Singapore REITs Buy 7 Japanese Senior Living Assets

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First REIT adds a nursing home near Nagoya (Source: First REIT)

Asian seniors are getting the respect and attention they deserve this month, especially from the managers of a Singapore real estate investment trust pair.

Manager of Parkway Life Real Estate Investment Trust said on Tuesday In the process of acquiring two nursing homes in the Tokyo metropolitan area for ¥2.88 billion ($20 million) from Japanese developer Daiwa House Industry as demand rises from Japan’s rapidly aging population to be.

Just a day after the announcement, First REIT managers followed suit Notify Singapore Exchange An agreement was reached to purchase two nursing care facilities, one in Aichi Prefecture and one in Kanagawa Prefecture, for a total of 2.58 billion yen.

The series of deals follows just days after Parkway Life notified SGX Purchased 3 nursing homes in Hokkaido At ¥2.56 billion, seven senior care assets worth a combined ¥8.02 billion ($56.2 million) by two REITs in Singapore were harvested in September.

Senior service

In an announcement Wednesday, First REIT said it would pay ¥1.45 billion to Komaki Real Estate Medical Rehabilitation Home Bonséjour Komaki in Aichi Prefecture, near Nagoya, and ¥1.13 billion to Royal Residence Ayase in Kanagawa Prefecture, near Tokyo. rice field.

Victor Tan, Executive Director and CEO of First REIT's management company said:

Victor Tan, Executive Director and CEO of First REIT’s management company said:

First REIT, which specializes in healthcare facilities across Asia, made its second acquisition of a Japanese nursing home this year, with the two properties yielding a combined net asset yield of 5.20%, according to filings with SGX .

“Japan is one of the key growth markets for First REIT. Penetration and expansion will enable First REIT to achieve stable long-term growth.”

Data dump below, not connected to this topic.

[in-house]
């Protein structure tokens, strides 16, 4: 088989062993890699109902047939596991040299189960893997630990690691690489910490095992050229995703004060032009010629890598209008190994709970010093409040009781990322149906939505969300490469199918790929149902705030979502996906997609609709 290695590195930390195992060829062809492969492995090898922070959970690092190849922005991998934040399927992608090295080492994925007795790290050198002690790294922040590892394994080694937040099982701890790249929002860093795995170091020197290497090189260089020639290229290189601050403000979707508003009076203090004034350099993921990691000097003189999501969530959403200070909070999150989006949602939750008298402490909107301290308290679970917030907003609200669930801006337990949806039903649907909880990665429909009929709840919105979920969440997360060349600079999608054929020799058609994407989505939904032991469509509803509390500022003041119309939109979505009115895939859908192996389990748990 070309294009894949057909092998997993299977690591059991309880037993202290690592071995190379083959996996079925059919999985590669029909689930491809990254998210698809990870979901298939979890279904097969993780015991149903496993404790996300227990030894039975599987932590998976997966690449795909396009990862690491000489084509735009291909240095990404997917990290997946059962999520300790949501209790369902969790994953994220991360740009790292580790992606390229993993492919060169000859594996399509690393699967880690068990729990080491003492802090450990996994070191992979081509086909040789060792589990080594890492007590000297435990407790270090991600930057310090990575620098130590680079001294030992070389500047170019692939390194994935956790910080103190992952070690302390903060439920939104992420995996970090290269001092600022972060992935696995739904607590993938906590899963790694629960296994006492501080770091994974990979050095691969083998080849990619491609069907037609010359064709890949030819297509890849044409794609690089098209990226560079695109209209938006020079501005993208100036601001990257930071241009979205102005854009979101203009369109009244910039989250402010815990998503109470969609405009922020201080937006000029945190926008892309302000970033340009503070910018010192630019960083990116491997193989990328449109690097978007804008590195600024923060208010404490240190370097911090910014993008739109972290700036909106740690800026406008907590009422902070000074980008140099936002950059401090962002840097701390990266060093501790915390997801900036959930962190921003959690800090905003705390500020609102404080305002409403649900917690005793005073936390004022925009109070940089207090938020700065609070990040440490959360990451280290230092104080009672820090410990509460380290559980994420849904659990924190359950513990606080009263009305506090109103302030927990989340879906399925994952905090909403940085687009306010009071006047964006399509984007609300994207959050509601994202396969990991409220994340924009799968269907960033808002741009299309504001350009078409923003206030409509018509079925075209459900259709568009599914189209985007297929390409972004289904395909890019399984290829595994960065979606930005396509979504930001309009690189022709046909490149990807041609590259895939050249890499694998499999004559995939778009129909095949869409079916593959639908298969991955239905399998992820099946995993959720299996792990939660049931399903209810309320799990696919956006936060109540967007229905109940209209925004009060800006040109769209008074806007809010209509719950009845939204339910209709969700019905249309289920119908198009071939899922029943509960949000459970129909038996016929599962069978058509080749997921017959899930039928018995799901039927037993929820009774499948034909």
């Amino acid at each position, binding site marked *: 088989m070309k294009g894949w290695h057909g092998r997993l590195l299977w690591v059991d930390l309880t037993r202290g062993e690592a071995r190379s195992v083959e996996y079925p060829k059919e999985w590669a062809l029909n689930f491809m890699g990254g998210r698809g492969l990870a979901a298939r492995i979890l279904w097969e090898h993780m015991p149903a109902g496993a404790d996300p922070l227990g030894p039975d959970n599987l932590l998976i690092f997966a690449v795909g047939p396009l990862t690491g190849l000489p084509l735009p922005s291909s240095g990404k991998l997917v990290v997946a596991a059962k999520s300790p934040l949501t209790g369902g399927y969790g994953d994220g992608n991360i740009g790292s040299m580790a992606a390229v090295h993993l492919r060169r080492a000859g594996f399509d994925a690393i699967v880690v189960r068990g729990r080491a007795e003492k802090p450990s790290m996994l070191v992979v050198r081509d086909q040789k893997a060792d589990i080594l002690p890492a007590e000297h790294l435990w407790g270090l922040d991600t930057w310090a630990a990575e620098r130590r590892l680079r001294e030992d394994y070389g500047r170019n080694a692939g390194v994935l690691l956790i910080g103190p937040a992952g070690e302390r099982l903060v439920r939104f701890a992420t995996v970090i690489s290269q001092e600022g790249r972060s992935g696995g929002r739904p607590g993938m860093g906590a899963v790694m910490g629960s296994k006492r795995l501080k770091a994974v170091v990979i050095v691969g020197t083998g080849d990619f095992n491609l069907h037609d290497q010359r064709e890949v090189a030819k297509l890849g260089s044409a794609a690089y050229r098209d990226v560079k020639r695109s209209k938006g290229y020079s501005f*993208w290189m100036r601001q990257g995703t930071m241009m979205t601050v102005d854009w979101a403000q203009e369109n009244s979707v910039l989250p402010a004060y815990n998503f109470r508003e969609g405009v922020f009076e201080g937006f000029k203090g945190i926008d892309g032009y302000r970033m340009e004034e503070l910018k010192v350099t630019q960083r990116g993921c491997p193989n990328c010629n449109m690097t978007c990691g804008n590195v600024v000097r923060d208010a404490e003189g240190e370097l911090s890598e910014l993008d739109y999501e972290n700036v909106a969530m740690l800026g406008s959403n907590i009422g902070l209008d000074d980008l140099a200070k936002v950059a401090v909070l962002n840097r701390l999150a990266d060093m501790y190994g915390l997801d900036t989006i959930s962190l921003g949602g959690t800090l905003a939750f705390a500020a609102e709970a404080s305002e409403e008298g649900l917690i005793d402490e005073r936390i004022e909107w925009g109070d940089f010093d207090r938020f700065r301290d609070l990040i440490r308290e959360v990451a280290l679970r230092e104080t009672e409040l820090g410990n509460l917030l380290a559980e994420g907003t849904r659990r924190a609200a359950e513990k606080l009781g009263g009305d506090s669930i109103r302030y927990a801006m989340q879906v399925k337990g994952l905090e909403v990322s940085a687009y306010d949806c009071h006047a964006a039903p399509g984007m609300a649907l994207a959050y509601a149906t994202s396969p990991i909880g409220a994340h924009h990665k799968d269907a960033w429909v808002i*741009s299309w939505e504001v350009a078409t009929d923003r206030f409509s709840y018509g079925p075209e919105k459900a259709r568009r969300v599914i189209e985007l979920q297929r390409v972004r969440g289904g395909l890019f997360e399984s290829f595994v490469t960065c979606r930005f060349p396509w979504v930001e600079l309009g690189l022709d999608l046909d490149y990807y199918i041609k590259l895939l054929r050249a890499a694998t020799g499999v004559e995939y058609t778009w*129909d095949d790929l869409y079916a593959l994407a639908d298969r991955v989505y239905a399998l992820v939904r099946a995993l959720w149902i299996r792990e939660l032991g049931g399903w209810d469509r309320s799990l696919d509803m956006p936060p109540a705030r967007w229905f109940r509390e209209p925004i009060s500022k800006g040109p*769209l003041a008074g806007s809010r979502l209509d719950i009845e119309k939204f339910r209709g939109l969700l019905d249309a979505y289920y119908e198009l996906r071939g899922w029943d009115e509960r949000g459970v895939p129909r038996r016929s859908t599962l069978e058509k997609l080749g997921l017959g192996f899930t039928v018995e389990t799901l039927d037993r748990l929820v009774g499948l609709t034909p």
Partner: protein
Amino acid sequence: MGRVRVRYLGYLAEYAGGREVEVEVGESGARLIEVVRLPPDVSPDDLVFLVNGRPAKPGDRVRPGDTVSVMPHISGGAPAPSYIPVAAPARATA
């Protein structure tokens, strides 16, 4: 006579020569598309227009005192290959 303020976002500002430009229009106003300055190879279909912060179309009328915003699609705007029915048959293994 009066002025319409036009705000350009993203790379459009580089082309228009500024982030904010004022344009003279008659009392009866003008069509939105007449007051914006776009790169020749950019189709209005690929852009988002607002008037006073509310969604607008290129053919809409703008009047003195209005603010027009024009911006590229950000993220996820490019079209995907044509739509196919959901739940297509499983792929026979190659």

Parkway REIT’s recent acquisition saw the trust acquire two properties from Japanese developer Daiwa House, with a total of 166 beds, including a nursing home in Tokyo’s Edogawa ward and another in Chiba, east of the capital. I got

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The acquisition brings Parkway REIT’s portfolio in Japan to 57 properties worth S$758.4 million.

Daiwa House, one of Japan’s largest home builders, is selling its aged property at an 11.1% discount compared to its July 31 valuation of ¥3.24 billion. Annual gross rental income.

Enhanced Presence

The acquisition of Parkway REIT, which is expected to close in the third quarter, is expected to generate a net asset earnings yield of 5.2% and increase the weighted average lease term of the trust’s portfolio to 17.21 years from the previous 17.05 years.

Both facilities will be managed by local asset manager Black Hills and fully occupied by Tokyo-based operator Zen Wellness Co with an average lease term of 29 years.

Parkway Life agreed to pay Tokyo’s Assisted Living Edogawa Ward 1.7 billion yen, or about 19.77 million yen per bed. At the Chiba facility, the trust is spending him 1.18 billion yen or 14.75 million yen for each bed in the 80-unit facility.

“Since 2008, we have used our first-mover advantage to expand our presence in the Japanese elderly care market. We aim to recognize and strengthen our Japanese portfolio with higher quality assets.”

senior return

The series of investments in Singapore REITs coincides with growing interest in Japan’s senior living sector, with Nuveen Real Estate, part of US investment agency TIAA, also betting on the market this year.

In July Nuveen Real Estate First Closing of $100 Million Japan Alternative Living Strategy We thank Dutch fund manager Bouwinvest and TIAA for their support.

a joint report A study released in May by Nuveen Real Estate and Strategic Insight showed that the current supply of senior housing in Japan remains limited as it is still provided by the government. With the population of Asia’s second-largest economy rapidly aging, Nuveen analysts have advised investors whose master lease term is 10 to 30 years from his and occupancy rates remain high at around 90%. I see it as an opportunity.

Nuveen notes that by 2040, citizens aged 75 and over are projected to make up 20% of Japan’s total population, up from 15% in 2020.

Abigail Dean, Global Head of Strategic Insights at Nuveen, said, “Japan’s aging population provides a unique opportunity to participate in the ‘housing’ of the senior housing sector through partnerships with reputable operators. opportunities for private institutional investors.

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